Published: Saturday, July 13 2013 12:00 a.m. MDT
The banks didn't want to give these loans out? Huh.
Interesting.Have you ever worked at a bank? I have. And we loved
giving out these bad loans. So you may want to check your facts as
Thomas Sowell has proven many times to have been out of touch.
This is revisionist apologetics for the banking industry. Pinning the bubble
and resulting mortgage crisis on mandated loans doesn't tell the whole
story. It excludes tax policy that allows home mortgages to be
deducted from taxes and excludes homes from capital gains. It
ignores extensive deregulation of the financial sector under Glass-Steagall. It overlooks the artificially low interest rates in the wake of the 2001
recession.It ignores the fact that the mortgage industry lobbied for
the ability to widen the mortgage pool, and concocted all sorts of exotic
mortgage vehicles to peddle to lower income people.It sidesteps our
mania for home ownership as part of the "American dream," speculation,
seeing homes as investment vehicles instead of roofs above our heads, and the
use of home equity as ATM machines by homeowners.It overlooks the
Wall Street frenzy for mortgage-bundled CDOs -- not to mitigate risk as the
letter argues, but as financial investment vehicles. It ignores the
shady rating of toxic CDOs with the highest of ratings.It fails to
account for the significant overleveraging of major financial institutions,
ravenous to snatch up these CDOs until apparent that the emperor had no clothes.
There was a time when banks simply refused to loan money to anyone who lived in
the "black" part of town. The Community Reinvestment Act of 1977
outlawed this practice. It did not ever require banks to loan money to people
with poor credit, or with inadequate income. To say that it was the cause of the
housing bubble is to say that it worked fine for 30 years and then it blew up
the world economy.Some conservatives refuse to accept that there can
be market failures, so if markets to fail, it must be the government's
good insights, Johnand what was started in 1997 was accelerated in
the late 90s and early 2000s by slick willy and barney frank, forcing fannie and
freddie to eliminate lending standards so more people could "afford" to
buy houses.the banking regulators issued a policy statement in late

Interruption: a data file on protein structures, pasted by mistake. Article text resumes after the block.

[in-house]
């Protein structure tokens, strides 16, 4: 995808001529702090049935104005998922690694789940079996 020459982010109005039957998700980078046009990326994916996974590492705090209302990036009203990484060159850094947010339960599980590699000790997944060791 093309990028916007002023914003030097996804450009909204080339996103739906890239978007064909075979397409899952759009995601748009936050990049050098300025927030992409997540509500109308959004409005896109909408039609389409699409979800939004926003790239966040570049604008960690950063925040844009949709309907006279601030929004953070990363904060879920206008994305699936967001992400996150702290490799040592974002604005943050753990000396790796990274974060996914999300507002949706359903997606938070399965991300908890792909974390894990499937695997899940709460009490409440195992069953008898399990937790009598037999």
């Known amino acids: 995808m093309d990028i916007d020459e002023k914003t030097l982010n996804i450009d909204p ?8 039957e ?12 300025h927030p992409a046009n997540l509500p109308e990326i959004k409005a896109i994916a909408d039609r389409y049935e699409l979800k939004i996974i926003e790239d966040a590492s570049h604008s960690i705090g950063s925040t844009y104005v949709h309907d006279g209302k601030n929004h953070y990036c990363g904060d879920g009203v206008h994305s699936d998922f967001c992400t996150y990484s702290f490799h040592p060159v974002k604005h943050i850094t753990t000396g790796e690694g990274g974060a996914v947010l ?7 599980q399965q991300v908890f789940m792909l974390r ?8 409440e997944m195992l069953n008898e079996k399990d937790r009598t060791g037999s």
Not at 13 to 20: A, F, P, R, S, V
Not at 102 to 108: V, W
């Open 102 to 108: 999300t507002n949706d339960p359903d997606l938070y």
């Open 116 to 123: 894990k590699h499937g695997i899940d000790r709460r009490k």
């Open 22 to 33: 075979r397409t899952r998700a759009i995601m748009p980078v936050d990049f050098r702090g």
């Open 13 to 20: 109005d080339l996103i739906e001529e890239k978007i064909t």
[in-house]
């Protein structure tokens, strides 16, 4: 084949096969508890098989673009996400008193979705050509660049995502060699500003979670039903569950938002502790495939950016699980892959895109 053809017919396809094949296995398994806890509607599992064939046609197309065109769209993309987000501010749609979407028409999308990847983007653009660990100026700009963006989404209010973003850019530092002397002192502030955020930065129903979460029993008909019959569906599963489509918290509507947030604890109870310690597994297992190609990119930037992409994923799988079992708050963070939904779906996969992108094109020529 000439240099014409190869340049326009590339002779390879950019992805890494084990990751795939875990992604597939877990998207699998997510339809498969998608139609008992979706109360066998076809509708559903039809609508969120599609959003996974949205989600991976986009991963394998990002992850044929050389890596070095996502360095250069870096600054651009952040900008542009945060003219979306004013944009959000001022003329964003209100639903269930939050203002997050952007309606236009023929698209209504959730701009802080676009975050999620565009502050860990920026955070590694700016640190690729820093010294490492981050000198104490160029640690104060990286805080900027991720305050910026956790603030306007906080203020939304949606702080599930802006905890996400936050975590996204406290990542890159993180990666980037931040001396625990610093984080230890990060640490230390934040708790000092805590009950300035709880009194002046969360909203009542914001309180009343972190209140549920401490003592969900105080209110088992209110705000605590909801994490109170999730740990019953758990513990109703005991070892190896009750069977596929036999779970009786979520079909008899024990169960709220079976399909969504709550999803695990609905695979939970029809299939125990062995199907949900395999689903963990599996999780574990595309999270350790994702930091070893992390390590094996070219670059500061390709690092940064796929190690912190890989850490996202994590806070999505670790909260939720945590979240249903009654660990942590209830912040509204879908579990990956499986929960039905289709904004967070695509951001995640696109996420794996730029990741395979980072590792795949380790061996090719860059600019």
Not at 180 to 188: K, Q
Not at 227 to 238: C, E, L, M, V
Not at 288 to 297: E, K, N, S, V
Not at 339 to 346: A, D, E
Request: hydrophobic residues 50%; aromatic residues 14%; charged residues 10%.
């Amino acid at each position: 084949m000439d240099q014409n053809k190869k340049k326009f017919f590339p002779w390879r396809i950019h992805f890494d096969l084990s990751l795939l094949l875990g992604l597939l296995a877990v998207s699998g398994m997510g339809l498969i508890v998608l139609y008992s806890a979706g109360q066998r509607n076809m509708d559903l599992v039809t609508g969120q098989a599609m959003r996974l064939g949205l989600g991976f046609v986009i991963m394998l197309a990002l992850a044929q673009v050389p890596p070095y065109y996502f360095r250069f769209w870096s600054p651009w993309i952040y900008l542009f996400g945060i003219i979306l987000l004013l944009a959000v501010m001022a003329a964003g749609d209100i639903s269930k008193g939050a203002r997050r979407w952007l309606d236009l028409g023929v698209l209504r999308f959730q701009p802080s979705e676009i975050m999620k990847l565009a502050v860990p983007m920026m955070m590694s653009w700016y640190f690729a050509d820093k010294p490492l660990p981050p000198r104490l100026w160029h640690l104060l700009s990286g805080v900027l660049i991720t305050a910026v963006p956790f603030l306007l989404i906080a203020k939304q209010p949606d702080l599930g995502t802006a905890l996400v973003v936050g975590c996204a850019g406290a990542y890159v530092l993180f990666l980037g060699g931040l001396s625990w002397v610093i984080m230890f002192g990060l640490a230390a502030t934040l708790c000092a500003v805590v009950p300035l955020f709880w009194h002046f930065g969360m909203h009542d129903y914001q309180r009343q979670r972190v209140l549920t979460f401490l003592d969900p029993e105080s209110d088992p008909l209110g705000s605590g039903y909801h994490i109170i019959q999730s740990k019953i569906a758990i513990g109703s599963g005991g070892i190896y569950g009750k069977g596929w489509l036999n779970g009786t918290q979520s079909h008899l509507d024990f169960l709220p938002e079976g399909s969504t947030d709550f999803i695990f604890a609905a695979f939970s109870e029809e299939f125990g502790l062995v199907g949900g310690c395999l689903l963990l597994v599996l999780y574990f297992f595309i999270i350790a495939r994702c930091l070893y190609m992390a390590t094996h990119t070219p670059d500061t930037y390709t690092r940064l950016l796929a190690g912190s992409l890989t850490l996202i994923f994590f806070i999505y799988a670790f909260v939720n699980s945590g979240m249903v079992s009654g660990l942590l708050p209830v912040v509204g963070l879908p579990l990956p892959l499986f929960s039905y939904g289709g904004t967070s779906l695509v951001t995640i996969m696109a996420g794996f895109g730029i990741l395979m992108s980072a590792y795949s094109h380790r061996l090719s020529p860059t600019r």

2006 warning banks against non-traditional mortgages like payment option ARMs
that allowed the payments to be less than the interest, so the balances grew.
Other similar loan programs grew out of frank's pressure, like ninja (no
assets, no job) and liar loans (stated income without verification).under payment option ARMs, a $200k loan at 3% became $225k after 5 years,,
when the rate would increase, doubling the payment. The regulators told banks
to make sure the borrowers qualified at the doubled payment, but they were
ignored because fannie and freddie were still buying those loans. When fannie
and freddie stopped buying in the fall of 2007, the subprime mortgage market
collapsed, followed by the Alt-A market, followed by the overall market and the
housing bubble burst.thus we see the bubble was caused by fannie and
freddie, after pressure from slick willy and barney frank.
Nobody was EVER "compelled" to make any of those loans. That is a lie.
And those banks made those loans because it made them money and then
they sold them off to be packaged up as derivatives so that they didn't
bear any of the risk--thus they didn't care how many sub-prime loans they
made because they were still making money.That's the very
definition of the free market causing a problem.
The evidence points to Nagel being correct in his statements. Government
interference was the chief cause of the big bubble burst. Government tried to
artificially give more people a chance at home ownership and it didn't
work, causing huge problems for the entire country and even those people who
rightly could afford home ownership.
Crony-capitalism consists of collusion between government and selected
businesses. To say that the government was not involved in helping to create the
housing bubble is ludicrous. The so-called free-market was given free rein to
ignore regulations that would have minimized or prevented the crisis by
administration and Federal Reserve officials. This "free market" gone
rogue knew they had the "Greenspan put" and then the "Bernanke
put" to save them from toxic investments. It was a creation of a classic
"moral hazard." Enforcement of then-current regulations were sufficient
to avert disaster, but government refused to apply them to their cronies.
I think the banks were willing participants; you can't just slag this all
on big bad government. That's just cheap shooting.
Banks were willing participants, BUT ONLY AFTER the GOVERNMENT GUARANTEED the
loans if the borrower failed to pay. The government guarantee is
what set off the crazy lending. The government policy told banks to give loans
to high risk people and that they would be 'helping the poor, minorities,
etc' and in return the government would back all the loans. Make lots of
money while helping the poor? Of course lenders took advantage of that.So if the government guarantees medical care will be paid for, for everyone,
can we expect the same from the medical industry? YES!!! We are
dealing with humans with a propensity to want to make money. Medical
professionals too, will feel they are righteously helping people, while they
suck the public coffers dry and line their own pockets. Here we go
Lenders were compelled to give loans to people? Nonsense. I was getting
solicited (almost daily) by mortgage companies which are not nearly as regulated
as banks.Borrowers desired those loans under an assumption that,
with government backing, they could live better than they had been living? What